Yet another feather in the cap of Woody Allen, Blue Jasmine ranks alongside Match Point, Vicky Christina Barcelona and Midnight in Paris as one of the director’s best offerings of the new millennium.







Friday, December 26, 2014

#1,593. The Law of .45's (1935)



Directed By: John P. McCarthy

Starring: Guinn 'Big Boy' Williams, Molly O'Day, Al St. John



Tag line: "Where blood flowed red!"

Trivia: The film is also known as The Mysterious Mr. Sheffield in the United Kingdom







The 1935 western The Law of .45's is yet another movie that comes courtesy of the gang at Mill Creek Entertainment (it was one of the films in their DVD release Mean Guns 20 Movie Pack). Having scored before with the little-known gem Kansas Pacific (which I found on Mill Creek’s Combat Classics 50 Movie Pack), I was anxious to see what hidden treasures might be waiting for me in the Mean Guns Collection. Fortunately, I still have 19 more chances to find out, because The Law of .45's was as bland as they come.

Cowboy Tuscon Smith (Guinn “Big Boy” Williams) and his sidekick Stoney Martin (Al St. John) are driving their cattle through the territory when they’re forced to come to the rescue of rancher Charlie Hayden (Lafe McKee) and his daughter Joan (Molly O’Day), who are being strong-armed by a gunman named Toral (Sherry Tansey). Aided by his band of outlaws, Toral has been roughing up every rancher in the area, so, to keep their new friends safe, Tuscon and Stoney agree to stay on as Hayden’s bodyguards. What they don’t know, however, is that Toral is acting on the orders of shifty lawyer Gordon Rontell (Ted Adams), who, after the ranchers have been worked over, sweeps in and buys their property for a fraction of what it’s worth. It’s all part of his grand scheme to make a boatload of cash, and it’s up to Tuscon and Stoney to put a stop to it.

Prior to The Law of .45's, I’d never heard of Guinn “Big Boy” Williams, though I’ve seen a few of his movies (he had a small role in the 1940 World War I adventure The Fighting 69th). Apparently, Mr. Williams was quite a star in his day, appearing in dozens of westerns in the ‘20s and ‘30s including Thunder Over Texas, Cowboy Holiday, and the awkwardly titled Big Boy Rides Again. Nicknamed “Big Boy” by Will Rogers, Williams certainly had the build of a leading man (he was 6’2” with a muscular frame), but not the screen presence of one; in The Law of .45's, his Tuscon Smith is pretty damn dull. In fact, I thought his sidekick Stoney was the more interesting of the two. Had Williams and St. John switched roles, The Law of .45's might’ve been better.

A boring leading man is bad enough, but when mixed with lackluster action, a couple of forgettable ditties sung around the campfire, and a by-the-numbers romantic subplot, you have a movie that’s dead on arrival. The Law of .45's isn’t even good enough to be a fun “bad” film.

It’s just…. Blah.






Thursday, December 25, 2014

#1,592. Samsara (2011)


Directed By: Ron Fricke

Starring: Balinese Tari Legong Dancers, Ni Made Megahadi Pratiwi, Puti Sri Candra Dewi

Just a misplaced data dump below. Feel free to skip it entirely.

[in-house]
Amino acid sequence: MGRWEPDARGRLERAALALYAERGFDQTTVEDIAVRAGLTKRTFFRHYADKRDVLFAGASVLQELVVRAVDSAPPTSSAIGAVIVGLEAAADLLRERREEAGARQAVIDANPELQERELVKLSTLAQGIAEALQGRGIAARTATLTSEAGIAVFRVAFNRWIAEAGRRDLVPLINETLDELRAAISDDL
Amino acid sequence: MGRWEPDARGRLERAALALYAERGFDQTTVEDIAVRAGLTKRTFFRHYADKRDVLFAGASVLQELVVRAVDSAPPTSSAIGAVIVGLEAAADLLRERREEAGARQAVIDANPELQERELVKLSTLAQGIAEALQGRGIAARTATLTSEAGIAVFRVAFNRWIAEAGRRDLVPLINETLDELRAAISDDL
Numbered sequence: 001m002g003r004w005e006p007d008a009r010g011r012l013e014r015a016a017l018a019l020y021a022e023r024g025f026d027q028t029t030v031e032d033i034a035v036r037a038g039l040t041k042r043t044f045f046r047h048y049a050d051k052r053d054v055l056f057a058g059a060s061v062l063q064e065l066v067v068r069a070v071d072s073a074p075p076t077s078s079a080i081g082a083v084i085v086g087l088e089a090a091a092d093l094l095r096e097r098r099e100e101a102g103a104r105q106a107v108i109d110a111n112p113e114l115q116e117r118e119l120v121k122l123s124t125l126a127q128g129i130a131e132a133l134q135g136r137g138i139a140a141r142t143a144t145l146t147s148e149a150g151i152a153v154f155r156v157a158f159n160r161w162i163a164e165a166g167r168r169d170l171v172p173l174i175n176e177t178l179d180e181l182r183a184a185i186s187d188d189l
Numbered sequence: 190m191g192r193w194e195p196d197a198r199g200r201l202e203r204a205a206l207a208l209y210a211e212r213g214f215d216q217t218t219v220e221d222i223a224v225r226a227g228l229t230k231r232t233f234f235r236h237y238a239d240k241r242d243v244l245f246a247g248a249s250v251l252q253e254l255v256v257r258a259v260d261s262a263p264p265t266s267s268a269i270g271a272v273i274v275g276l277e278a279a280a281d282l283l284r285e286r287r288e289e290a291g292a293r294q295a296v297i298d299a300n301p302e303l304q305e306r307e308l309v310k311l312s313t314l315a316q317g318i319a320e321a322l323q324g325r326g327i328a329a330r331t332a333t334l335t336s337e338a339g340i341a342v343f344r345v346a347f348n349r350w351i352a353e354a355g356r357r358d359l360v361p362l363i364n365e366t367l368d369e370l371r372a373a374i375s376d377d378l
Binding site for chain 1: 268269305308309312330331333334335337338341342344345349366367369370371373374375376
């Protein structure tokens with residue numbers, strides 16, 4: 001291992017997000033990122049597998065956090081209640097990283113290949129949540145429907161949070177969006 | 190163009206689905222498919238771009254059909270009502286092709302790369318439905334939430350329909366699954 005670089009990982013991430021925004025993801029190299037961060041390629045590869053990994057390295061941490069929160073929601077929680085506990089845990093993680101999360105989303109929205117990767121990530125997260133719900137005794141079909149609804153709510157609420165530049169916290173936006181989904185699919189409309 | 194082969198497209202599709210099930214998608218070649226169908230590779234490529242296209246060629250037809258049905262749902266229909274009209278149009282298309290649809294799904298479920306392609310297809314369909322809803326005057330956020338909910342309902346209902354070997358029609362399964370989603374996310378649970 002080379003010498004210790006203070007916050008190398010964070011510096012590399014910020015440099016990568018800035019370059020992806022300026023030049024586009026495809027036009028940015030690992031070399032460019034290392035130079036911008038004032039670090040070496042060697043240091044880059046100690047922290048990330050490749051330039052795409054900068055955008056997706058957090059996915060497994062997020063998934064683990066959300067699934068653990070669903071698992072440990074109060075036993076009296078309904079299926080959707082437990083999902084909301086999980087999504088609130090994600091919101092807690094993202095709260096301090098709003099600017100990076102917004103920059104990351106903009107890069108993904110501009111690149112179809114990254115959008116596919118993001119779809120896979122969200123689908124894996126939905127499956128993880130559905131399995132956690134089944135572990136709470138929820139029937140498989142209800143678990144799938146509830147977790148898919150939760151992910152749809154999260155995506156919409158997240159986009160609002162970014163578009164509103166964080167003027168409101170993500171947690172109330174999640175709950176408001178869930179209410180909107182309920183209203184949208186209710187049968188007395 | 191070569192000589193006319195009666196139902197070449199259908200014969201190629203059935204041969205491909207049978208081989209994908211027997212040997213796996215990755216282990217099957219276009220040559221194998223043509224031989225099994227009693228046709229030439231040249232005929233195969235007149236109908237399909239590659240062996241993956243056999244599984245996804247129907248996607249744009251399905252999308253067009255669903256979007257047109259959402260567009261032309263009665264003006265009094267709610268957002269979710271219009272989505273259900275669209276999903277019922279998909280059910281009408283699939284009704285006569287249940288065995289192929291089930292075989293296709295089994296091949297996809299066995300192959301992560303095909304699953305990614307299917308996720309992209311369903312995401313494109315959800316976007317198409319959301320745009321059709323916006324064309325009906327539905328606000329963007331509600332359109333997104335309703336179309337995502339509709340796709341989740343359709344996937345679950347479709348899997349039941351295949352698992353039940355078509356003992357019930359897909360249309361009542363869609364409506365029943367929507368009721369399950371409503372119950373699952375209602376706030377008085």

Tag line: "From the creators of the award-winning film Baraka"

Trivia: For several years the filmmakers attempted to secure permission to film in North Korea, but were ultimately denied access






From director Ron Fricke, the creative mind behind the groundbreaking documentaries Chronos and Baraka, comes yet another visual explosion, 2011’s Samsara, a movie that spans the globe to capture images of life, death, and everything in-between.

Samsara (which in Sanskrit means “continuous flow”) was filmed over the course of four years, during which time Fricke and his crew visited 5 continents, capturing breathtaking images of the natural world (like the Epupa Falls in Angola, Africa) as well as some of mankind’s greatest achievements (a brief sequence in Cairo provides us with a glimpse of the Pyramids at Giza). With stops in Beijing (where we witness an impressive parade), Jerusalem (to visit the Wailing Wall), and even Arlington National Cemetery, Samsara explores the circle of life in a number of fascinating ways (the baptism of several babies is quickly followed by a trip to the Catacombe dei Cappuccini in Palermo, Italy, where the preserved body of young Rosalia Lombardo, a two-year old girl who died of pneumonia in 1920, lies in a glass-covered coffin).

The film's examination of death expands beyond the human world to include animals (by way of visits to a chicken farm and a meat-packing plant) and even entire communities (some of the film’s most moving imagery is that of New Orleans’ Ninth Ward, where we see first-hand the devastation caused by 2005’s Hurricane Katrina), yet Samsara also acts as a celebration of life, introducing us to the exotic ballet of the Balinese Tari Legong Dancers and wowing us with an incredible exhibition staged by the students of the Tagou Martial Arts School in Zhengzhou, China, sequences as awesome as any natural wonder the movie has to offer.

Shot on 70mm, Samsara, like Chronos and Baraka before it, acts as a window to the world, through which we see many interesting things. Awe-inspiring and occasionally shocking, Samsara is guaranteed to blow you away.







Wednesday, December 24, 2014

#1,591. Tai-Chi Master (1993)


Directed By: Yuen Woo Ping

Starring: Jet Li, Michelle Yeoh, Siu-Ho Chin